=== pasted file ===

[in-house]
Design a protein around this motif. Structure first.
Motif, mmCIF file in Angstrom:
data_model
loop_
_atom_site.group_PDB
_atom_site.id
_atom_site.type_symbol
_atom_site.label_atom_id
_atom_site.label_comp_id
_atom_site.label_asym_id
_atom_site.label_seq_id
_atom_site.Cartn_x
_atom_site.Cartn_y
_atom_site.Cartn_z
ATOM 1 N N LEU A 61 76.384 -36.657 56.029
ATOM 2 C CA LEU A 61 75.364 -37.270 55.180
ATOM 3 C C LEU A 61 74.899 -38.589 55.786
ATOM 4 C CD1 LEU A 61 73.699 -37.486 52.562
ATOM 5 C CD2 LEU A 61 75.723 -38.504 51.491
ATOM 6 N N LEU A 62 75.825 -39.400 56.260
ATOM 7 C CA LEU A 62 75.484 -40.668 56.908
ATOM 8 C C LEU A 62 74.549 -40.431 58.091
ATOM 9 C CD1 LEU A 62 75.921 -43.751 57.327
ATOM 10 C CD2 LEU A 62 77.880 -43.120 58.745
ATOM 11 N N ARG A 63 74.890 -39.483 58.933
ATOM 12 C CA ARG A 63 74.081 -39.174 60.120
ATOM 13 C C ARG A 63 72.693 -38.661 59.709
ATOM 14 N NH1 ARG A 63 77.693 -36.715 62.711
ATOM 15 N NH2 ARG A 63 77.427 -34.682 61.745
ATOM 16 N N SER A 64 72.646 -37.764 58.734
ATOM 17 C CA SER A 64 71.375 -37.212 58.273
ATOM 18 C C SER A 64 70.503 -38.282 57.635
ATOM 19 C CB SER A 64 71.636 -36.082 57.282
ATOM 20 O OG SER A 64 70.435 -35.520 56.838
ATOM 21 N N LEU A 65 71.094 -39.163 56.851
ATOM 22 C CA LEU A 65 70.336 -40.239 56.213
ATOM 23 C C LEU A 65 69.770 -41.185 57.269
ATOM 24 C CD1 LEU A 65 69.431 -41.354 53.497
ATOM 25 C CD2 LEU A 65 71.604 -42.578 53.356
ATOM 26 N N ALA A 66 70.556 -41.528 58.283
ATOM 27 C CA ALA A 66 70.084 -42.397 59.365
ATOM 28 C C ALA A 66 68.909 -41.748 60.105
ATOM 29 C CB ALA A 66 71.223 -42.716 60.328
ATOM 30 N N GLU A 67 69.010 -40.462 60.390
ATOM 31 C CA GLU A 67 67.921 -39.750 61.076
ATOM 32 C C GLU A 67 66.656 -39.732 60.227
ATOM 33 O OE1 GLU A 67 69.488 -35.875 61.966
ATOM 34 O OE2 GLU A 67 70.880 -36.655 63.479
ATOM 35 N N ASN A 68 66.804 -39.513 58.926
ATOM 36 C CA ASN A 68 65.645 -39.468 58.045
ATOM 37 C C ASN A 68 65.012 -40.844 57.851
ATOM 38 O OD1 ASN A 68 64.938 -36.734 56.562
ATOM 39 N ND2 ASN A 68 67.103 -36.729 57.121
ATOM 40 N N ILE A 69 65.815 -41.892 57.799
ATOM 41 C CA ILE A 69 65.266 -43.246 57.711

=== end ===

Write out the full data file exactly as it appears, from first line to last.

[in-house]
Design a protein around this motif. Structure first.
Motif, mmCIF file in Angstrom:
data_model
loop_
_atom_site.group_PDB
_atom_site.id
_atom_site.type_symbol
_atom_site.label_atom_id
_atom_site.label_comp_id
_atom_site.label_asym_id
_atom_site.label_seq_id
_atom_site.Cartn_x
_atom_site.Cartn_y
_atom_site.Cartn_z
ATOM 1 N N LEU A 61 76.384 -36.657 56.029
ATOM 2 C CA LEU A 61 75.364 -37.270 55.180
ATOM 3 C C LEU A 61 74.899 -38.589 55.786
ATOM 4 C CD1 LEU A 61 73.699 -37.486 52.562
ATOM 5 C CD2 LEU A 61 75.723 -38.504 51.491
ATOM 6 N N LEU A 62 75.825 -39.400 56.260
ATOM 7 C CA LEU A 62 75.484 -40.668 56.908
ATOM 8 C C LEU A 62 74.549 -40.431 58.091
ATOM 9 C CD1 LEU A 62 75.921 -43.751 57.327
ATOM 10 C CD2 LEU A 62 77.880 -43.120 58.745
ATOM 11 N N ARG A 63 74.890 -39.483 58.933
ATOM 12 C CA ARG A 63 74.081 -39.174 60.120
ATOM 13 C C ARG A 63 72.693 -38.661 59.709
ATOM 14 N NH1 ARG A 63 77.693 -36.715 62.711
ATOM 15 N NH2 ARG A 63 77.427 -34.682 61.745
ATOM 16 N N SER A 64 72.646 -37.764 58.734
ATOM 17 C CA SER A 64 71.375 -37.212 58.273
ATOM 18 C C SER A 64 70.503 -38.282 57.635
ATOM 19 C CB SER A 64 71.636 -36.082 57.282
ATOM 20 O OG SER A 64 70.435 -35.520 56.838
ATOM 21 N N LEU A 65 71.094 -39.163 56.851
ATOM 22 C CA LEU A 65 70.336 -40.239 56.213
ATOM 23 C C LEU A 65 69.770 -41.185 57.269
ATOM 24 C CD1 LEU A 65 69.431 -41.354 53.497
ATOM 25 C CD2 LEU A 65 71.604 -42.578 53.356
ATOM 26 N N ALA A 66 70.556 -41.528 58.283
ATOM 27 C CA ALA A 66 70.084 -42.397 59.365
ATOM 28 C C ALA A 66 68.909 -41.748 60.105
ATOM 29 C CB ALA A 66 71.223 -42.716 60.328
ATOM 30 N N GLU A 67 69.010 -40.462 60.390
ATOM 31 C CA GLU A 67 67.921 -39.750 61.076
ATOM 32 C C GLU A 67 66.656 -39.732 60.227
ATOM 33 O OE1 GLU A 67 69.488 -35.875 61.966
ATOM 34 O OE2 GLU A 67 70.880 -36.655 63.479
ATOM 35 N N ASN A 68 66.804 -39.513 58.926
ATOM 36 C CA ASN A 68 65.645 -39.468 58.045
ATOM 37 C C ASN A 68 65.012 -40.844 57.851
ATOM 38 O OD1 ASN A 68 64.938 -36.734 56.562
ATOM 39 N ND2 ASN A 68 67.103 -36.729 57.121
ATOM 40 N N ILE A 69 65.815 -41.892 57.799
ATOM 41 C CA ILE A 69 65.266 -43.246 57.711